According to Dr. Jeremy Ross, a soil fertility professor and soybean Extension agronomist for the University of Arkansas, soybean yields in the Eastern U.S. could set a new record this year, with each acre yielding an estimated 53 bushels on average. This would pass the previous mark of 52 bushels/acre, which was achieved in both 2021 and 2022.

This increase comes despite drought-like conditions experienced in certain portions of the U.S. in 2023. Ross listed growing practices such as proactive irrigation, improved plant genetics and early planting as factors contributing to improved yields.

“Each year our soybean yields just keep getting better and better, and that trends across the entire United States,” Ross said. “Looking back, we were 20 percentage points ahead of the five-year average on planting progress and that translated into the crop being mature 15% to 20% beyond where typically we were.”

“When we’re looking at fertilizer and nutrients for soybeans, and pretty much any other row crop, it’s pretty complicated,” Ross continued. “It’s the most complicated system in row crop production.”

He said this is due to having to deal with a number of nutrients, different soil textures, soil moisture levels and pH levels. Nutrients are the foundation that sustain biological functions, and they help protect plants from stressors while supporting overall yield.

“Soybeans require a number of elements. First we have the macronutrients nitrogen, phosphorus and potassium. Those are the three big ones everyone focuses on. But it’s important not to forget the secondary micronutrients – calcium, magnesium, iron, boron, manganese, zinc, copper, molybdenum, chlorine and sulfur,” he said. “The importance of those cannot be overlooked.”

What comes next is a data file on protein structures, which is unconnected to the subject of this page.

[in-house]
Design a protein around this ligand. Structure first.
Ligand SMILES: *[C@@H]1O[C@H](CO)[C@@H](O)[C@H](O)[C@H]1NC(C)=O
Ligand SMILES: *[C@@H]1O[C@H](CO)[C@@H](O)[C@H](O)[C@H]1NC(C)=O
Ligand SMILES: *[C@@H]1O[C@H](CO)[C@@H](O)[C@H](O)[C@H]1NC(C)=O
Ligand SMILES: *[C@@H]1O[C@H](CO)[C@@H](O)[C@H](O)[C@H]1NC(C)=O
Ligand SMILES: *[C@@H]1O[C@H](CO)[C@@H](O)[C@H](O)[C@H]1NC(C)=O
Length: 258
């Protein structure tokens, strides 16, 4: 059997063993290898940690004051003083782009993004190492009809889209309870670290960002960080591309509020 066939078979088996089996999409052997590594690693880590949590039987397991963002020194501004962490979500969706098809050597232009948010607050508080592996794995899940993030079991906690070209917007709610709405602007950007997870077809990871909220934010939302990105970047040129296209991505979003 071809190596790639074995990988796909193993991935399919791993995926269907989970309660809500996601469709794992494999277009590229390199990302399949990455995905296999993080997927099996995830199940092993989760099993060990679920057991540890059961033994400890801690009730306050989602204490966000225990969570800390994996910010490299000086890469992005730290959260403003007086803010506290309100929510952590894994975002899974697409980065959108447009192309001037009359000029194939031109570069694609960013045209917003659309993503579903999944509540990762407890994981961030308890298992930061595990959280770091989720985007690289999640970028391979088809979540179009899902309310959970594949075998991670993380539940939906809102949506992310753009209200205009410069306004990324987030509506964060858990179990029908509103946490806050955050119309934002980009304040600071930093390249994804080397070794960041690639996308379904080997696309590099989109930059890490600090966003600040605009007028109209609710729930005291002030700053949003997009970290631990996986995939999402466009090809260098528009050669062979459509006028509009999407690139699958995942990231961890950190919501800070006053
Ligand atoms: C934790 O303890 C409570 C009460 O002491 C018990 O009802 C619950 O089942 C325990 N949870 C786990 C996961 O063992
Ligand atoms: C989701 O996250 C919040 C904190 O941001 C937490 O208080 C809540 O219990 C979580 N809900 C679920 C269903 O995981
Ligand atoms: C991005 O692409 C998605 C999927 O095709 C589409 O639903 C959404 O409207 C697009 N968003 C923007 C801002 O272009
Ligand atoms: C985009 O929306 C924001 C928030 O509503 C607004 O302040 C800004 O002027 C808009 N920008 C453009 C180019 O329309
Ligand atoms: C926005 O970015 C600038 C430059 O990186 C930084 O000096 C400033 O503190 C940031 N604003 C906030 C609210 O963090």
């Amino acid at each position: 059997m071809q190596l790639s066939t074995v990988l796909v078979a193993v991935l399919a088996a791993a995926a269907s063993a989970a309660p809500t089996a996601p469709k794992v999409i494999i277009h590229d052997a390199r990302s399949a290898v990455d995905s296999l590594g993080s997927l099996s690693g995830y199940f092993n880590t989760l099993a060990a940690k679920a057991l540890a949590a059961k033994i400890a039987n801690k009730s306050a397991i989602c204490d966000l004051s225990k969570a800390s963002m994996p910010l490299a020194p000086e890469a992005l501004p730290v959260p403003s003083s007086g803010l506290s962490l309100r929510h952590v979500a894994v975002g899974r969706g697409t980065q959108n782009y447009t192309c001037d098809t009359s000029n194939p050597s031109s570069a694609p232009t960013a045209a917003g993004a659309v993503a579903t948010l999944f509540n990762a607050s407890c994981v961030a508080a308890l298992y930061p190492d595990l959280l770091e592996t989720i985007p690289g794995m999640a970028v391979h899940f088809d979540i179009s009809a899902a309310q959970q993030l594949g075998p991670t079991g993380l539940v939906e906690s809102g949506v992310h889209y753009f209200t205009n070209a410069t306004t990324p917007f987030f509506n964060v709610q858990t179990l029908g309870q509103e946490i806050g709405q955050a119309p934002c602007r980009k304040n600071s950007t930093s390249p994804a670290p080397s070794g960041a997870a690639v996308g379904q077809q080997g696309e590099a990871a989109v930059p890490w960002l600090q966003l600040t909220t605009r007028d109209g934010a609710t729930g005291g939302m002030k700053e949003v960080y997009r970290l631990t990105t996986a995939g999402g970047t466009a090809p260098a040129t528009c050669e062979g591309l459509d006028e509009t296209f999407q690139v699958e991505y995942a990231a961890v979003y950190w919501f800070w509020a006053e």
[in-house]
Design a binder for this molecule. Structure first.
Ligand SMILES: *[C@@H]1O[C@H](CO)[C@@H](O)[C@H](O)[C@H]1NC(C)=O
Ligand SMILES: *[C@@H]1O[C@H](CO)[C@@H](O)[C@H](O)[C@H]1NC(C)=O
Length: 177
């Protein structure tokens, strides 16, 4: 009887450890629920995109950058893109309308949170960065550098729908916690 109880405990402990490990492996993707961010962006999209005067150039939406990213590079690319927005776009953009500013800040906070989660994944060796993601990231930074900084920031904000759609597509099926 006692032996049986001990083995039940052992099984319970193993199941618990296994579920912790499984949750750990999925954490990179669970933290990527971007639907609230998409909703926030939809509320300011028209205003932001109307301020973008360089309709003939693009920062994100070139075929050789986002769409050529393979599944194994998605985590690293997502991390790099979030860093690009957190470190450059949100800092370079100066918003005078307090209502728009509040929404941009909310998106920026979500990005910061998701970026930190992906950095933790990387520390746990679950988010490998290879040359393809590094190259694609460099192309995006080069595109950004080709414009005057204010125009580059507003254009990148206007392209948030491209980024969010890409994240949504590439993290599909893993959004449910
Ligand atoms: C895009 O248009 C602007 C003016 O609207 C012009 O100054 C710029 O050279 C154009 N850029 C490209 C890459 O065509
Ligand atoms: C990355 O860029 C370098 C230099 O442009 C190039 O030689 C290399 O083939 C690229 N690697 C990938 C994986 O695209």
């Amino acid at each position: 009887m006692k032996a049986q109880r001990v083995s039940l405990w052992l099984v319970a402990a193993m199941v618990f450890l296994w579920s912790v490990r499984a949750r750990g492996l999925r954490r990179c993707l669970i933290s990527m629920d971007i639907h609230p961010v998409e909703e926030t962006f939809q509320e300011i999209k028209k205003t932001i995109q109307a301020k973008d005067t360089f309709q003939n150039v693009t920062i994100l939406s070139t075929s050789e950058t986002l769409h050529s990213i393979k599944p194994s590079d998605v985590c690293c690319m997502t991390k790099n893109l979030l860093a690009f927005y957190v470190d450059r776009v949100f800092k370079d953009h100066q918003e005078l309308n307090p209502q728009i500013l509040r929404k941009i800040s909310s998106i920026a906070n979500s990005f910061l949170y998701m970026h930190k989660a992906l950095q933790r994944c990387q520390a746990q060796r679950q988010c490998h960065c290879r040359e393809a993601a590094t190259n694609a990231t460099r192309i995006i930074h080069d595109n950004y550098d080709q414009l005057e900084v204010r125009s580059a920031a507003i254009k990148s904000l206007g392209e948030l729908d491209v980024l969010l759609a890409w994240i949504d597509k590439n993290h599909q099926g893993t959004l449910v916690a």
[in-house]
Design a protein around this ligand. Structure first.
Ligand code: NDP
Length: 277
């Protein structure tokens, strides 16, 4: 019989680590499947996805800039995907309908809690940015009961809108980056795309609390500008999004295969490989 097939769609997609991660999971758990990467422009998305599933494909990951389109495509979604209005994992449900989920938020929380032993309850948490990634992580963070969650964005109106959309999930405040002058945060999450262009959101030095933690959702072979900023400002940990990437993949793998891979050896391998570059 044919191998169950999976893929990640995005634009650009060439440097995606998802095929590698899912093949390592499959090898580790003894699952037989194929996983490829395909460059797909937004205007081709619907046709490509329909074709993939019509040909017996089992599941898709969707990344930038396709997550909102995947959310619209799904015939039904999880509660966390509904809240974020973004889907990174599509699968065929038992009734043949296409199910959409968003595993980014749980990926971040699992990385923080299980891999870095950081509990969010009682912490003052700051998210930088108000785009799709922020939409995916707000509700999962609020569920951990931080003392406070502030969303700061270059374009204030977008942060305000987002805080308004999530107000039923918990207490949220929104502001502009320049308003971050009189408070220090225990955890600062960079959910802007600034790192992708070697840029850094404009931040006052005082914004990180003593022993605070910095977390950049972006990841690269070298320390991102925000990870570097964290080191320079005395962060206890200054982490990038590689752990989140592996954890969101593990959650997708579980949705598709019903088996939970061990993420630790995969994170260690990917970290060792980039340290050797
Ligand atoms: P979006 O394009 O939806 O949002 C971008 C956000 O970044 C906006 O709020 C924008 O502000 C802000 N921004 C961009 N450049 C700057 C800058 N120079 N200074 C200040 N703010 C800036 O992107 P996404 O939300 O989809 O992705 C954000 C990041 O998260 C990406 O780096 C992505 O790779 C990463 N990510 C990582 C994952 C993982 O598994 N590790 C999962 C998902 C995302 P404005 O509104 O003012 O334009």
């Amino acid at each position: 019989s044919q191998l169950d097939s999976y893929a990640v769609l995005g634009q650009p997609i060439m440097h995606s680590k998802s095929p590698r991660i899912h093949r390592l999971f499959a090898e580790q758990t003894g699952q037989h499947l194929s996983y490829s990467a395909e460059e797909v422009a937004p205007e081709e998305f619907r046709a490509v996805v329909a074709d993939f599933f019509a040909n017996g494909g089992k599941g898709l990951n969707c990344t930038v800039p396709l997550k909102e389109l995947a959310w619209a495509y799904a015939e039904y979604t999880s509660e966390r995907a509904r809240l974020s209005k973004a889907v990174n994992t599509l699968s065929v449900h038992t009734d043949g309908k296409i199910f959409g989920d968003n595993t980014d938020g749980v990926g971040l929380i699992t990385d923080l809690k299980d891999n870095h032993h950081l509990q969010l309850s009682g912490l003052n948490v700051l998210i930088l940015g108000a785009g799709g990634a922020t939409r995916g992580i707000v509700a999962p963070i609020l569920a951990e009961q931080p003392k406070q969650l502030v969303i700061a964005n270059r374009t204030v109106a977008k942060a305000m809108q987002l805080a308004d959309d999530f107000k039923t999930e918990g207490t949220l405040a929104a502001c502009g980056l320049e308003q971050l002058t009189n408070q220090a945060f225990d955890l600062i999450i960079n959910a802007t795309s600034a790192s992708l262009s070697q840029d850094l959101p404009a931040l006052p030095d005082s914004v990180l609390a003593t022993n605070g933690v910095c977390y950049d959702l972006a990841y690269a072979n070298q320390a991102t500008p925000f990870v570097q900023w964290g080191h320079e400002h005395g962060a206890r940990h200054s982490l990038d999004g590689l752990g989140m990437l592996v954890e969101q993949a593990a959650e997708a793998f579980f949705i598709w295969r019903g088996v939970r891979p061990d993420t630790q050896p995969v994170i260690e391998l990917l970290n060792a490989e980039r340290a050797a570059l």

Soybeans yields are growing – so support their soil

Dr. Jeremy Ross, a soil fertility professor and soybean Extension agronomist. Photo courtesy of Fred Miller

Ross also noted that the pH level of the soil should remain between 5.5 and 7.0, with an optimal range being between 6.3 and 6.5.

But as croplands turn out bigger soybean crops, it’s important to be mindful of the toll that takes on the soil.

“Increasing soybean yields are removing more and more nutrients,” said Ross. “One bushel of soybean crop removes four pounds of nitrogen, 0.4 pounds of phosphorus, 1.25 pounds of potassium and 0.2 pounds of sulfur.”

Deficiency symptoms, including an unhealthy yellowing of leaves, may appear in a soybean crop if any nutrient levels are limited. Stresses that can cause symptoms include drought, temperature, compaction, saturated soils, root diseases, root feeding from soil insects, a pH imbalance, fertilizer burn and chemical injury to roots.

Ross recommended farmers have a really good soil test at the beginning of their planting to know just what sort of soil they’re dealing with. And it’s best to use a more in-depth history of soil test data. Using multiple years of tests can provide more of a progression than a snapshot of your soil and can help you make more informed decisions.

Ross recommended using a potash rate calculator to determine what soil adjustments can be made in-season.

by Enrico Villamaino